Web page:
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SWINE FLU

Kenya concerned with reports of new strain of swine flu in China

It emerged recently and is carried by pigs, but can infect humans.

In Summary

• BBC news on Tuesday reported that a new strain of flu that has the potential to become pandemic has been identified in China by scientists.

• It emerged recently and is carried by pigs, but can infect humans.

Four-month-old piglets in their unit.
Four-month-old piglets in their unit.
Image: MARTIN OMBIMA

Kenya has said it is concerned with reports of a new strain of swine flu in China with the potential of becoming a pandemic.

Through the Ministry of Health, Kenya said anytime there is a pathogen perceived to be a pandemic it is always a concern.

“We know what swine flu has done in the past. The reports of the new stride in China however need to be verified and backed with evidence. This is a matter of great concern,” Health CAS Dr Rashid Aman said on Tuesday.

 

He added, “The current Covid-19 is not going to be the last pandemic. We will see other pandemics in future we don’t know of what nature but Covid is teaching the world that a robust health system is what matters”.

BBC news on Tuesday reported that a new strain of flu that has the potential to become a pandemic has been identified in China by scientists.

It emerged recently and is carried by pigs, but can infect humans.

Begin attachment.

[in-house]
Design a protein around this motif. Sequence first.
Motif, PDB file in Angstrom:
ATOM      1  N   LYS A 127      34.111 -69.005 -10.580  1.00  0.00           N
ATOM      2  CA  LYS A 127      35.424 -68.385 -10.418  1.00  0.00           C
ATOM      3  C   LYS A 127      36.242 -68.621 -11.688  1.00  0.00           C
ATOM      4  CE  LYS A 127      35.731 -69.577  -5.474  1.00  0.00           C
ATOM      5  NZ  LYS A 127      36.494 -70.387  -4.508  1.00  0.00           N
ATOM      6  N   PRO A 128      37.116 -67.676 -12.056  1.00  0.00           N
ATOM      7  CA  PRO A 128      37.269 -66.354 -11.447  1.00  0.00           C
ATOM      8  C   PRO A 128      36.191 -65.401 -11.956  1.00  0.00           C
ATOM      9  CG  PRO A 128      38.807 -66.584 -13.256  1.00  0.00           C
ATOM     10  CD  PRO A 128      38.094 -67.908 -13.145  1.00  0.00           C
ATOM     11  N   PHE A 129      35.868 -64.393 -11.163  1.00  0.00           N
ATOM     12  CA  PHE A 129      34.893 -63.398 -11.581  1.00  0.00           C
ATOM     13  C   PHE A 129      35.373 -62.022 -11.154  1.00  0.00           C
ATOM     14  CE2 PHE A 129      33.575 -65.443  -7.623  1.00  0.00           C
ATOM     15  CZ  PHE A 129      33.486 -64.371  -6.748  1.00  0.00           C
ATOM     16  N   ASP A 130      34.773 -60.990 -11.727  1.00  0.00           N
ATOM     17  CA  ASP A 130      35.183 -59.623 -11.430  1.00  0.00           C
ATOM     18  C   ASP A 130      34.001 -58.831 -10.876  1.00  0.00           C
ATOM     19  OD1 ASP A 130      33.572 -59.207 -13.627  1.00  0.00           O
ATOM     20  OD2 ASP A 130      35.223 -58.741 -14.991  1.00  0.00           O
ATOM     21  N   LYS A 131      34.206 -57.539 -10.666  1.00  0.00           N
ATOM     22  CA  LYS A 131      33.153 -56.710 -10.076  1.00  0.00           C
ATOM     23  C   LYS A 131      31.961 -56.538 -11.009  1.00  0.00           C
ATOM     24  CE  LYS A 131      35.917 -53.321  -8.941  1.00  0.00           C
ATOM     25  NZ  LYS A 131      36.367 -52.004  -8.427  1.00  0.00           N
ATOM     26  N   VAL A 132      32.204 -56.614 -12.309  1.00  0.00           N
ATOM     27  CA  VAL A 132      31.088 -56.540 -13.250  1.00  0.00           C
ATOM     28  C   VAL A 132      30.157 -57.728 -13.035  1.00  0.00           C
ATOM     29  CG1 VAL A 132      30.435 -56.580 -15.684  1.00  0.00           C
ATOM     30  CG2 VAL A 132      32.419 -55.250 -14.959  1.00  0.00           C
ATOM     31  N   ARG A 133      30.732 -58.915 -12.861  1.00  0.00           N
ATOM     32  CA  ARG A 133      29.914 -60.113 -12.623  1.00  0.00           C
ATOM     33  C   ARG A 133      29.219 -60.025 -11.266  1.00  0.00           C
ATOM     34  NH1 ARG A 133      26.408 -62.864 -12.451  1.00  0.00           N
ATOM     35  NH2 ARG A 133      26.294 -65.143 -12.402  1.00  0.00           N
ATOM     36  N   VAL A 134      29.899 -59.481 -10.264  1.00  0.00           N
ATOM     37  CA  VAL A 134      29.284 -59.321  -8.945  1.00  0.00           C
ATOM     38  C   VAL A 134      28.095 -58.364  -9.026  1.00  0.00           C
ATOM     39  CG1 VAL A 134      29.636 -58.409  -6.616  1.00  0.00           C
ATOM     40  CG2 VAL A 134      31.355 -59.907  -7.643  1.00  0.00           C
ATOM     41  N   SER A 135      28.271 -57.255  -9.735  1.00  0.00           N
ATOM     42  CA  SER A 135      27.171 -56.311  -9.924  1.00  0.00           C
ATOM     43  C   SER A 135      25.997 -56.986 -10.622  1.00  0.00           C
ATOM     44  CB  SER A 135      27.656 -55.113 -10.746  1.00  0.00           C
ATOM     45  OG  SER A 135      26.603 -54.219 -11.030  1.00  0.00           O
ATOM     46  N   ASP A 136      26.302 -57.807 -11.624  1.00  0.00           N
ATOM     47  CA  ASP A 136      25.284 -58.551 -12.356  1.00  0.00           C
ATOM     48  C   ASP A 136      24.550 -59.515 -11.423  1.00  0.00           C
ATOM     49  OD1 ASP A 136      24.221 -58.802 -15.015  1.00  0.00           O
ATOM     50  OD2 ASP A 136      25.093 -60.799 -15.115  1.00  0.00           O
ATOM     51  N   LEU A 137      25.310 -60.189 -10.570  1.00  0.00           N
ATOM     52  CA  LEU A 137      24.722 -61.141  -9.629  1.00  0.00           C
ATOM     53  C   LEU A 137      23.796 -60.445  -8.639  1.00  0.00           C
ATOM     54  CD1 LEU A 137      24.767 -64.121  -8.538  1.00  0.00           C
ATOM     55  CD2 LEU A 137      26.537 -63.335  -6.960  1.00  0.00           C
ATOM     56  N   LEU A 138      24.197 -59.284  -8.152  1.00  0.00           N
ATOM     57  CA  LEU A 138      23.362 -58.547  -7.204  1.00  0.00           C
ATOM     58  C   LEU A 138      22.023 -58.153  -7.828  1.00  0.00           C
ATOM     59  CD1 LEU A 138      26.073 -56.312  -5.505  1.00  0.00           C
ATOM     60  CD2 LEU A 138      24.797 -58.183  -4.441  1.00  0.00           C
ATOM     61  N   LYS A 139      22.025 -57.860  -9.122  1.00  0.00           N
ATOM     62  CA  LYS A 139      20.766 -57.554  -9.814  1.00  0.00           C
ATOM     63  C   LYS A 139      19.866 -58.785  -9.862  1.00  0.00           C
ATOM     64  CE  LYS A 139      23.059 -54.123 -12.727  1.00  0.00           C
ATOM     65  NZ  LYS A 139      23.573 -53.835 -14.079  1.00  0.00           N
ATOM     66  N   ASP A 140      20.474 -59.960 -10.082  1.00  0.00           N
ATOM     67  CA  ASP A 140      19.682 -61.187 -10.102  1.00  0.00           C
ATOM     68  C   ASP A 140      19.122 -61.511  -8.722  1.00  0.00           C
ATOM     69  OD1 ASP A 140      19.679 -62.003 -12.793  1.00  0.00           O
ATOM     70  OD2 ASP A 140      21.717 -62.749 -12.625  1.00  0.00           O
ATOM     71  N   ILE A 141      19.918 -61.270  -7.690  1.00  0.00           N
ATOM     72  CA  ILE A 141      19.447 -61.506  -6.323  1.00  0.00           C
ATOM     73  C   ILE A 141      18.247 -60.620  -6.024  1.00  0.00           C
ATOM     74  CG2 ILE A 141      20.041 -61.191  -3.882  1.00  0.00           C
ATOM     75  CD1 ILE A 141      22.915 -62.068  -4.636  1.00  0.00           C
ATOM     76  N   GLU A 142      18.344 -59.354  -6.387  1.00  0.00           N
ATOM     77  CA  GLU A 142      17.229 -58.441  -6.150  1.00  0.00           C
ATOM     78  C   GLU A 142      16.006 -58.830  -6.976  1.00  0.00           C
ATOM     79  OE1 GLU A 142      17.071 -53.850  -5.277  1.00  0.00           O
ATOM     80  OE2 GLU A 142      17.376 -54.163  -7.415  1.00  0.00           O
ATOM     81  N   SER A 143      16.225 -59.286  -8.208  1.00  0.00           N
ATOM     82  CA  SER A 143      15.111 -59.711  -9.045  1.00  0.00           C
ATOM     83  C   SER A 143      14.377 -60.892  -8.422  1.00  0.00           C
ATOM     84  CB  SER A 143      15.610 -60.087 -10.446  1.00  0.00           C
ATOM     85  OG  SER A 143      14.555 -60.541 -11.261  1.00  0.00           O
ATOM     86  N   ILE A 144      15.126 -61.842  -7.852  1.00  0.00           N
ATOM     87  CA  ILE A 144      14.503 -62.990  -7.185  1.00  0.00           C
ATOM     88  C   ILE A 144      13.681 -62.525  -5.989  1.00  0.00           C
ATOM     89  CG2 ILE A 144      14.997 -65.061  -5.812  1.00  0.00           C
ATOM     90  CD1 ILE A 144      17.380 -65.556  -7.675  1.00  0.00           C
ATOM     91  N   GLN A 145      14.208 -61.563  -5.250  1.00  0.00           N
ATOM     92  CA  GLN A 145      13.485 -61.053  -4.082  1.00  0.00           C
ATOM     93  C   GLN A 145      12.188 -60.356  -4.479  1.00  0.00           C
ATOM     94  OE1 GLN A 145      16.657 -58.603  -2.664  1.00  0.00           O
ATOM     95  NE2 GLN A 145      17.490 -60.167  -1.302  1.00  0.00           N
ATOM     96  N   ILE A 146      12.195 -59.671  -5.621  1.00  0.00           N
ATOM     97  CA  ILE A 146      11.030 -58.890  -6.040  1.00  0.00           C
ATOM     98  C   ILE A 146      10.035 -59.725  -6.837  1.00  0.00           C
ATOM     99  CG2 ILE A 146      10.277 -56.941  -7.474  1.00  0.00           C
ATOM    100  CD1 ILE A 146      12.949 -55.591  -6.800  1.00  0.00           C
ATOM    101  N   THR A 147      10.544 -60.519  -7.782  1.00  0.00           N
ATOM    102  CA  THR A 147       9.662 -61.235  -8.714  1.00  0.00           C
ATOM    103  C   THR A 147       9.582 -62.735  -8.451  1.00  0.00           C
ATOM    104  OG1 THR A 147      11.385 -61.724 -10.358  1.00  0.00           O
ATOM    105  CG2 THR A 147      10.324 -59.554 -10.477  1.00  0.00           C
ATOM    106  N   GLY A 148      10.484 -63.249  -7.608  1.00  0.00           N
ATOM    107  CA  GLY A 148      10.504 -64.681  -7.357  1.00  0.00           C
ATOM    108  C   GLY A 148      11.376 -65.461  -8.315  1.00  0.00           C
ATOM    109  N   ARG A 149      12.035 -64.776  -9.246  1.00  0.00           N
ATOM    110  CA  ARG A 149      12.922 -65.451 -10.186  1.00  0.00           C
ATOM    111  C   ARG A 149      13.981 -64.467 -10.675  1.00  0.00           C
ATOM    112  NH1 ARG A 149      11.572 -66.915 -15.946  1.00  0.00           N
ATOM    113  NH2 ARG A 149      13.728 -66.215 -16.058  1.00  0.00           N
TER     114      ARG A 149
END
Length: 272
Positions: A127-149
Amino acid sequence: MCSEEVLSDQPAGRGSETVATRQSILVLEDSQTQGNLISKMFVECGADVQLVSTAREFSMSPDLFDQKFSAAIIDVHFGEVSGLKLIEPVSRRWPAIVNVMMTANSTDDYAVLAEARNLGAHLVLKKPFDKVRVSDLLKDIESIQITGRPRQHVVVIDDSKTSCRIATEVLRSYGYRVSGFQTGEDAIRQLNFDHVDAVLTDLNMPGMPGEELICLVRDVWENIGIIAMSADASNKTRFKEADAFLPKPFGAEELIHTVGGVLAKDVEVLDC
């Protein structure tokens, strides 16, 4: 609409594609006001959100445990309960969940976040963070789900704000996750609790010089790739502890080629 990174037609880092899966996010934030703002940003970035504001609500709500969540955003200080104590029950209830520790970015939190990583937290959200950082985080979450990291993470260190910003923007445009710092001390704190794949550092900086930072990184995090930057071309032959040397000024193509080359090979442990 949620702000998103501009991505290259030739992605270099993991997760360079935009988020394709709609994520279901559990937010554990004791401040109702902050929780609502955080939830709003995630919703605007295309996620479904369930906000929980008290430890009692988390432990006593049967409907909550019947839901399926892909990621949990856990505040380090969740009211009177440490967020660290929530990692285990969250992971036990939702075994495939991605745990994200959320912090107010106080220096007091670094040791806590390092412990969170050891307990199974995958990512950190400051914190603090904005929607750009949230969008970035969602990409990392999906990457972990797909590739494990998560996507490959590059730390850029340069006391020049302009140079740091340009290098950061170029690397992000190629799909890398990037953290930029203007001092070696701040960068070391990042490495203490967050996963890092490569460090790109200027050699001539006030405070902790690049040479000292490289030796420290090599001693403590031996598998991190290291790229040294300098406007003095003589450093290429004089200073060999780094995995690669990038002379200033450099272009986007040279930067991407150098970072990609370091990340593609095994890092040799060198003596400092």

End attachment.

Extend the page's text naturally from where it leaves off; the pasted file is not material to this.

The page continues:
According to BBC, the researchers are concerned that it could mutate further and spread easily from person to person, and trigger a global outbreak.

They say it has "all the hallmarks" of being highly adapted to infect humans - and needs close monitoring.

As it's new, people could have little or no immunity to the virus.

The last pandemic flu the world encountered - the swine flu outbreak of 2009 that began in Mexico - was less deadly than initially feared, largely because many older people had some immunity to it, probably because of its similarity to other flu viruses that had circulated years before.

Aman said the country will embark on a review of the lessons on previous flus and establish systems that are resilient to any pandemic in future.

“All we can do is develop a robust health system than can cope with any eventualities,” he said.